During her performance of Viola in Twelfth Night, the West African audience stopped the play, they cheered so much.
I love this because in my adaptations I have the Elizabethan London audience stop the show occasionally, and for many different reasons. I instinctively believed that Shakespeare's audience would be far from polite and lack all of the theatre-going etiquette we have come to expect.
She also says that Shakespeare is wonderful for children because they can follow the broad strokes of the plays -- when people fall in and out of love, when they are greedy, etc.
I think that Shakespeare learned the importance of this as a child himself as he watched the morality plays and festival entertainment in Warwickshire. These plays would have characters named Vice and Loyalty, etc. Shakespeare had to entertain the most sophisticated and least sophisticated elements of society, from the Queen herself to the groundlings paying a penny to stand for a whole show. So the easiest way to communicate to any audience is to ground his plays with recognizable morality play characters.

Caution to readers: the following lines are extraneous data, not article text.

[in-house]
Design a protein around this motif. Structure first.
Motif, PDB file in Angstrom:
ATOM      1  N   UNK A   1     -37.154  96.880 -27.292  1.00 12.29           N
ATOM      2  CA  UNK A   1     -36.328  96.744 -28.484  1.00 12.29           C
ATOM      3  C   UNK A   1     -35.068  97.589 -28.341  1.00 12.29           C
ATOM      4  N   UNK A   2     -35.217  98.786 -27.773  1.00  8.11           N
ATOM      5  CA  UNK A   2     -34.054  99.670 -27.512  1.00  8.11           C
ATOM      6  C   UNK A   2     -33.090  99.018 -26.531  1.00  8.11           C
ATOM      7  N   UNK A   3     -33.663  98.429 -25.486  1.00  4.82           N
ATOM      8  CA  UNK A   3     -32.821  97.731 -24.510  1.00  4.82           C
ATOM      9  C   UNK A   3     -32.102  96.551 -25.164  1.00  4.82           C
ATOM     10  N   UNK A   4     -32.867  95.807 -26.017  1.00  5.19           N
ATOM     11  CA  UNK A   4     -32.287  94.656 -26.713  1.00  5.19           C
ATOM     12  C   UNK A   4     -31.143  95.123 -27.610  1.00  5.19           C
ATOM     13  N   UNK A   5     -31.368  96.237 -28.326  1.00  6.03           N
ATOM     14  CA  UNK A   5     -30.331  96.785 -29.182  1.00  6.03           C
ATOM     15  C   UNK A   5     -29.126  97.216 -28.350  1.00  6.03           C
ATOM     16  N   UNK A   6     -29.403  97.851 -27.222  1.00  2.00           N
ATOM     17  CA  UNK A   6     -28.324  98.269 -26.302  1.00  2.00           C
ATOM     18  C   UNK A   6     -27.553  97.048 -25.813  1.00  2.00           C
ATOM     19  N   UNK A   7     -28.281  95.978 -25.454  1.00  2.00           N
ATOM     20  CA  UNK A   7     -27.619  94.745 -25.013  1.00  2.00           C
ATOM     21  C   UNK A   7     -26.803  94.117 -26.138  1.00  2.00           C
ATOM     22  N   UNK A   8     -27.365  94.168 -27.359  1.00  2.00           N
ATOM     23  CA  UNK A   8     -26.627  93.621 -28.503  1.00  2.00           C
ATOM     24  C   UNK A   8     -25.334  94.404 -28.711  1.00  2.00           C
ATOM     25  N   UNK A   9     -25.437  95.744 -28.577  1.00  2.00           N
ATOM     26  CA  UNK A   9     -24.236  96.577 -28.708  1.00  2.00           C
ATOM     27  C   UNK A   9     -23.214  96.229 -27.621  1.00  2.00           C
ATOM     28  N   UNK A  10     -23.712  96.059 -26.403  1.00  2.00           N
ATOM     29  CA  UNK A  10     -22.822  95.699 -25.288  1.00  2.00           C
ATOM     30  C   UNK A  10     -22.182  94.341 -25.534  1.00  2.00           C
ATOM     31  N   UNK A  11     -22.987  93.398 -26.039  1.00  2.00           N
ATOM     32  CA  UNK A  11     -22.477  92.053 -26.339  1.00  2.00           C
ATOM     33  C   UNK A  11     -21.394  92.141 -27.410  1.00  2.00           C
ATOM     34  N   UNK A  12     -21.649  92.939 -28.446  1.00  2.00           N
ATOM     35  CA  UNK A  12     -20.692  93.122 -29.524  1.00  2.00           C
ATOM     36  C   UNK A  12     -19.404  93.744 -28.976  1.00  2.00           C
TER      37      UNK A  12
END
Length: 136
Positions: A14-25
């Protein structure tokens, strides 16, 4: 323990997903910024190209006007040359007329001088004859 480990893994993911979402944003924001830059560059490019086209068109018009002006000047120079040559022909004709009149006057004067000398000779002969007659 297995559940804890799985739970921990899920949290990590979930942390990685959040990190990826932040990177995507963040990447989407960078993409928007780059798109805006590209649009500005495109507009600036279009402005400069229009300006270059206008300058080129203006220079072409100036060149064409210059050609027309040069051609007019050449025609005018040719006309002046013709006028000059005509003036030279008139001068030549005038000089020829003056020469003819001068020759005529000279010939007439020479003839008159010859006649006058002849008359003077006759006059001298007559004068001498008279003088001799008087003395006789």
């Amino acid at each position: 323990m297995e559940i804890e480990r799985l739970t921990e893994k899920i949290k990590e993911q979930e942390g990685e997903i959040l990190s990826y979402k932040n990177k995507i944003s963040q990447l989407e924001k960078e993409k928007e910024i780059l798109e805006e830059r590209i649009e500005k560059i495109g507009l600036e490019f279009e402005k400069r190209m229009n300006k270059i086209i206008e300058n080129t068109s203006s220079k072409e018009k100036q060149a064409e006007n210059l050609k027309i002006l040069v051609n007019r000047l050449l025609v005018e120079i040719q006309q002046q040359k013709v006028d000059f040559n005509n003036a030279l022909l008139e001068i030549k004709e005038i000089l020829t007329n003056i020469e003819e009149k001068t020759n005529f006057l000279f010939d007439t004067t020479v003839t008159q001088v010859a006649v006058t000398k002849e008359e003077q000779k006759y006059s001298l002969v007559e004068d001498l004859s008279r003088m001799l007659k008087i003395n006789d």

Dame Judi also says that she doesn't like The Merchant of Venice because all of the characters behave appallingly.
Oh, she is so close!
She is so brilliant! She glimpsed a truth in the play that has eluded us for centuries.
If she understands that all of them are bad, Shylock, Antonio, Bassanio and even Portia (that so-called paragon of virtue and mercy) then she has gotten half of the play.
The other half she's missing is what that all means -- the bawdy farcical comedy side. Dame Judi doesn't get the joke.
Well, perhaps one day she will read my version of Merchant and laugh herself silly.
Dame Judi Dench and Listening to Shakespeare
Shakespeare In Love, Part Two?
James Bond 007 Skyfall and Shakespeare
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